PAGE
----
Bulbs are grown extensively, both privately and commercially, for cut flowers, and for indoor use during the winter season. It is not hard to achieve success in forcing bulbs if two important rules are observed, namely: I. Procure the strongest and best bulbs possible, for good care will improve the quality of the flowers but not the quantity. The latter is always fixed within the bulb before it is purchased. 2. Perfect root development must be insured before the tops are permitted to start growth.

The bulbs should be planted as soon as they are procurable, with late August and November as limits. The soil to use should be rich loam mixed with bone meal in a one to fifty proportion. If the soil is heavy add leaf mold or sand. It is better to avoid manure unless it is thoroughly rotted and pulverized. Five-inch pots may be used for larger bulbs, such as hyacinths; and a three or four-inch pot for one tulip or any bulb other than a hyacinth bulb of large size. It is better, however, to plant three or more bulbs in a larger pot, as soil moisture and temperature are more evenly maintained. When being forced for cut flowers, bulbs are planted in boxes or flats of a depth of three inches to four inches, with the bulbs set from one inch to two inches apart. This is a good way to grow bulbs for decoration also, since the flats can be covered with crepe paper, raffia mats, etc., when the flowers are in bloom. Broken pottery or charcoal should be put in the bottom of the pots for drainage. The soil is then sifted into the pot or flat, but not packed, and the bulb is so planted that the top is just below the surface. Do not press the bulbs down. After planting, water thoroughly to settle the soil firmly about the bulb and do not water again until the top growth starts unless the pots or flats are stored in a place where they will dry out.

After being planted, the bulbs must be stored away in order that they may root properly, because rooting is the most important phase in successful bulb forcing. There are several methods of storage:

1. Place the pots, flats, etc., in a cold frame or cold pit and cover with four inches of sand, rotted leaves, or ashes. Put on the sash when freezing weather arrives and open on pleasant days.

2. Pots may be placed in a cool, dark cellar, and will keep well if the soil is kept moist but not wet. The danger here is from drying out if they are not watched at frequent intervals.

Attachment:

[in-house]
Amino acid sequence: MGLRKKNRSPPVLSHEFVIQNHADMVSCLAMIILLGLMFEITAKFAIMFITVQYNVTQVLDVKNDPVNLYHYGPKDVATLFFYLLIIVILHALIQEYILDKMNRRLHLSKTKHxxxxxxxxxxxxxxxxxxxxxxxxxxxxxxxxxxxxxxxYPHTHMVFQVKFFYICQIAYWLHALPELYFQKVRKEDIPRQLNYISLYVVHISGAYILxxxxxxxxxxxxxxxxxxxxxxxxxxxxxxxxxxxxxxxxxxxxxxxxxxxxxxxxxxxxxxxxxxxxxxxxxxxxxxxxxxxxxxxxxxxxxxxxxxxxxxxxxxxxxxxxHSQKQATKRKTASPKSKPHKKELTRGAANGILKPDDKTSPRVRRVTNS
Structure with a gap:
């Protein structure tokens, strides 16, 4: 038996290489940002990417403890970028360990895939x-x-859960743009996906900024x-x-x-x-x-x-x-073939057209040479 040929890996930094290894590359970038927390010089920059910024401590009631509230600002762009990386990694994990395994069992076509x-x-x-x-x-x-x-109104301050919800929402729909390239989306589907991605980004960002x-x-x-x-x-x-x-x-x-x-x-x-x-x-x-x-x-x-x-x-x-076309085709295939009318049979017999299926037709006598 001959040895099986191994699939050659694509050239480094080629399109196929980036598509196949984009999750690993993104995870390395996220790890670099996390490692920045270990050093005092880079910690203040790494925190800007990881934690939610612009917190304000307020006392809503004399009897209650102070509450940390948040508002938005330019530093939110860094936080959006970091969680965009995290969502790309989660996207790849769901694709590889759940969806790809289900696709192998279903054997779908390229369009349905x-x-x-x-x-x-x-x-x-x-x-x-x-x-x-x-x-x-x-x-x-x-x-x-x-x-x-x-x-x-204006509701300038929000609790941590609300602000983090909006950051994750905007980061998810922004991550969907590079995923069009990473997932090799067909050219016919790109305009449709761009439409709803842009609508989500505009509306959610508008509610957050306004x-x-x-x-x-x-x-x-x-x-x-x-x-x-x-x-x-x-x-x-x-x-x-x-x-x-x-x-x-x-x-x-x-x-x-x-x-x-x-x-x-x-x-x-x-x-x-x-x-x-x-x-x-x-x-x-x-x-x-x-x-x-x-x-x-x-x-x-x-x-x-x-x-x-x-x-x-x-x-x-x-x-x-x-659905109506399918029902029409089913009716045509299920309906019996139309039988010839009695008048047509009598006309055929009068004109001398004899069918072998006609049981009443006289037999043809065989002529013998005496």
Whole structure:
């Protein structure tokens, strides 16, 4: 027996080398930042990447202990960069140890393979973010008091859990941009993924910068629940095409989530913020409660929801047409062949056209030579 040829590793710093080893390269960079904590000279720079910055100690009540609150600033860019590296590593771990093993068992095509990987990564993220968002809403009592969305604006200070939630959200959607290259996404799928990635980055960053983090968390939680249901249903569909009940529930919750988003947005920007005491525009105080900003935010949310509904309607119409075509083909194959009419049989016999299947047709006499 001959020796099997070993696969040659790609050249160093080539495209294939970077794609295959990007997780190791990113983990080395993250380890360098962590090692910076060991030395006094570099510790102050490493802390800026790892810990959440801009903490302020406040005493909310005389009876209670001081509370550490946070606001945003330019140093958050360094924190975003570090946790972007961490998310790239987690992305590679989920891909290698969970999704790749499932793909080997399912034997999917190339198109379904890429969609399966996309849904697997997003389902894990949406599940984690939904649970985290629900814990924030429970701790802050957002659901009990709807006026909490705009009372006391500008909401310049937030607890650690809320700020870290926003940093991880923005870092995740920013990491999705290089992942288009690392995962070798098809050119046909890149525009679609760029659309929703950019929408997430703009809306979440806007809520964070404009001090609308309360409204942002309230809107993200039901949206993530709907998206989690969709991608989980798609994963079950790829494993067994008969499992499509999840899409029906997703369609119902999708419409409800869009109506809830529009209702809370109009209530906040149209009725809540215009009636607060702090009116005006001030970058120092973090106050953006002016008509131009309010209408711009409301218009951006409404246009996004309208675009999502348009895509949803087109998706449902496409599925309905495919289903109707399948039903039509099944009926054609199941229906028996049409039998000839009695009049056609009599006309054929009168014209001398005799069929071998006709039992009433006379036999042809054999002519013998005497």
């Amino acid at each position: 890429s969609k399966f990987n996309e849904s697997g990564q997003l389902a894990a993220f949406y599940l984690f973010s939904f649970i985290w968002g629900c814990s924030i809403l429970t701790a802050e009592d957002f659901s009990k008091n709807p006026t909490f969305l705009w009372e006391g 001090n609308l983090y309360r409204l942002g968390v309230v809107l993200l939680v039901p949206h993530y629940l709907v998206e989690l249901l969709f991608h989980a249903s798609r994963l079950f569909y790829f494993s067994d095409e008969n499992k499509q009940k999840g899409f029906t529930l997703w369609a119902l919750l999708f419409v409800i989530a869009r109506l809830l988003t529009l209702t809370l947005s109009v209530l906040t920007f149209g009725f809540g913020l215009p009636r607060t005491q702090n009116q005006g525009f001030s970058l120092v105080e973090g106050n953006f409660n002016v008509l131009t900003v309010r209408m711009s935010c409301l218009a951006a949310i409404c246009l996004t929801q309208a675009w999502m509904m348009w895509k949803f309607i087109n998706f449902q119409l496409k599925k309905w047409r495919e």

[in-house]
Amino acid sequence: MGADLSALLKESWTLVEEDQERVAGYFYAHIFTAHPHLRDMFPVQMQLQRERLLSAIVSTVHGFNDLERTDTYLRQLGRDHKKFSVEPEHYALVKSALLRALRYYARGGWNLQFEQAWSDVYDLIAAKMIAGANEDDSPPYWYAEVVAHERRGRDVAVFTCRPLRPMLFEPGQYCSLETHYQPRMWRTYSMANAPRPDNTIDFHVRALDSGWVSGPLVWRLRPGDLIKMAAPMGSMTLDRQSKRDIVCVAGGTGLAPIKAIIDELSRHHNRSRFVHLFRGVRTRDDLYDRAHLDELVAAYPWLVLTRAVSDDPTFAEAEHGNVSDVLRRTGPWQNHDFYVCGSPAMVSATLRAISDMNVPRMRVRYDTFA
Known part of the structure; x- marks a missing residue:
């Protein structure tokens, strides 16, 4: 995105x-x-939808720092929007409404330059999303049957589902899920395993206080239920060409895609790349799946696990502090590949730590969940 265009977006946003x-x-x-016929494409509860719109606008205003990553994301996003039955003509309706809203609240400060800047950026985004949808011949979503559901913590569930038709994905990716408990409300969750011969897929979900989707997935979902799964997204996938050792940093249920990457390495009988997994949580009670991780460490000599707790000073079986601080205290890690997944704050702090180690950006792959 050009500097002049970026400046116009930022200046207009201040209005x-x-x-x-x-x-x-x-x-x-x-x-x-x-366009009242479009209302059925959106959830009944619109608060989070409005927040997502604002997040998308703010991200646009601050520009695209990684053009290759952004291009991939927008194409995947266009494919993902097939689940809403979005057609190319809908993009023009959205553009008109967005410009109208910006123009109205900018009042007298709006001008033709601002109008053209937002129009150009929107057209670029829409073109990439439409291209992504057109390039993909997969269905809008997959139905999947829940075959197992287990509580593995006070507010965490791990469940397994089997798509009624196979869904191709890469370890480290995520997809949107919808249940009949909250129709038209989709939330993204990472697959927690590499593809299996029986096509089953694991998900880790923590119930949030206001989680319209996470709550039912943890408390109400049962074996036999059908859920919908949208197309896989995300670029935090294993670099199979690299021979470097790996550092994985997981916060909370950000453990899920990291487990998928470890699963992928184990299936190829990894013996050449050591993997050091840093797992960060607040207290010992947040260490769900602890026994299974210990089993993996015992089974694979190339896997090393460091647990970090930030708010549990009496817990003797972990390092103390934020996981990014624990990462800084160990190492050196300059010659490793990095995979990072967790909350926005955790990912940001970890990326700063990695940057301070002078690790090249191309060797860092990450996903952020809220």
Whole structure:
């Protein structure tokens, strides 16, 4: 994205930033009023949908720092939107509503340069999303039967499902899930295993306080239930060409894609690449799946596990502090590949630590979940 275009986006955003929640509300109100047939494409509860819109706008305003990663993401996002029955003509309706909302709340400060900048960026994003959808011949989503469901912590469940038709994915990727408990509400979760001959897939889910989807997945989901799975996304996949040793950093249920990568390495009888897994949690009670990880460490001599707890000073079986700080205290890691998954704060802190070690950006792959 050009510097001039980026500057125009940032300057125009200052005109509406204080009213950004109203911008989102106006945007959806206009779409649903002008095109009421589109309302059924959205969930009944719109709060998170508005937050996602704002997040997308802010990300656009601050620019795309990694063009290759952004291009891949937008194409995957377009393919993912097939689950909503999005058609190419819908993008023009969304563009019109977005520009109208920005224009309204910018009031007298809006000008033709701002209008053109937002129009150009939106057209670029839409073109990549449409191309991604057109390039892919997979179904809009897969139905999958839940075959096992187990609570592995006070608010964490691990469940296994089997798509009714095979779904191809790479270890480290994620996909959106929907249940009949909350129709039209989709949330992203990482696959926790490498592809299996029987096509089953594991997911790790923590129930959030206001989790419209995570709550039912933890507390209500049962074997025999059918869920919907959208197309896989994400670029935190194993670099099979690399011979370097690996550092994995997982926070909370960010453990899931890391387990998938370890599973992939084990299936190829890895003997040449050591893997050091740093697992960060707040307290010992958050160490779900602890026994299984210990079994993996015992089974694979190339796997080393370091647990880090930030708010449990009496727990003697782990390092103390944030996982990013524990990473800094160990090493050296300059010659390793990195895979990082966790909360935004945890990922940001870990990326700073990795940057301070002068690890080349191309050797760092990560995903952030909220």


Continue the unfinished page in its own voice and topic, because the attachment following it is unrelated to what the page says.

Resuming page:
3. A better method is to dig a trench one foot deep, put in three inches of ashes for drainage and to keep out worms; put in the pots and fill the trench with soil. During freezing weather cover with rough stable manure, leaves, or straw, to a depth of four inches.

4. Pots may be set out and covered with eight inches or ten inches of leaves, filling in between the pots with soil to maintain moisture.

Early bulbs, such as paper white narcissi and Roman hyacinths will root sufficiently in a period of six weeks. It is much better, however, to leave bulbs in storage for a period of eight weeks. Spanish iris bulbs require a longer period for the formation of root growth than most of the other bulbs. This group is probably the most difficult group to force successfully. They should remain buried in the cold frame or in the pit, with all top growth retarded, until a complete root system is established. When ample roots are formed and about one inch of top growth has appeared, it is time to lift all bulbs and remove them to a semi-dark cellar where they may be kept in a cool temperature with little light to encourage the immediate development of stems and foliage. Avoid, at this period, direct sunlight. After a reasonable amount of growth is secured, place the pots where desired. Bulbs should be taken out of storage in relays to provide a succession of bloom.

There are very few types of bulbs which are adapted for forcing in water. The paper white narcissus is best adapted to this type of forcing. A few of the other types of narcissus may be grown in this way, and occasionally early single tulips, Spanish irises, and crocuses can be successfully forced in water. The best method of forcing bulbs in water is that of setting each bulb in a shallow receptacle, partially filled with sand or coarse gravel, and keeping the water just even or slightly below the base of the bulb. These bulbs should then be kept in a dark, cool place for at least six weeks, and the receptacle should be frequently filled with water, which must always be clear and fresh. After the bulbs have commenced to root they may be treated in the same way as bulbs forced in soil.

Bulbs which have been forced in any manner are of no value for forcing during the second year. Such bulbs should be allowed to ripen their foliage by setting the pots or flats in a cool, light place, and providing them with sufficient water to keep the bulb from drying out until the top growth has ripened and begins to die. These bulbs may then be set in the open ground at the proper time in the autumn and they will produce some flowers during the succeeding year. It is seldom that they will recover their vigour sufficiently to be of value for the purpose of forcing during the second or third year.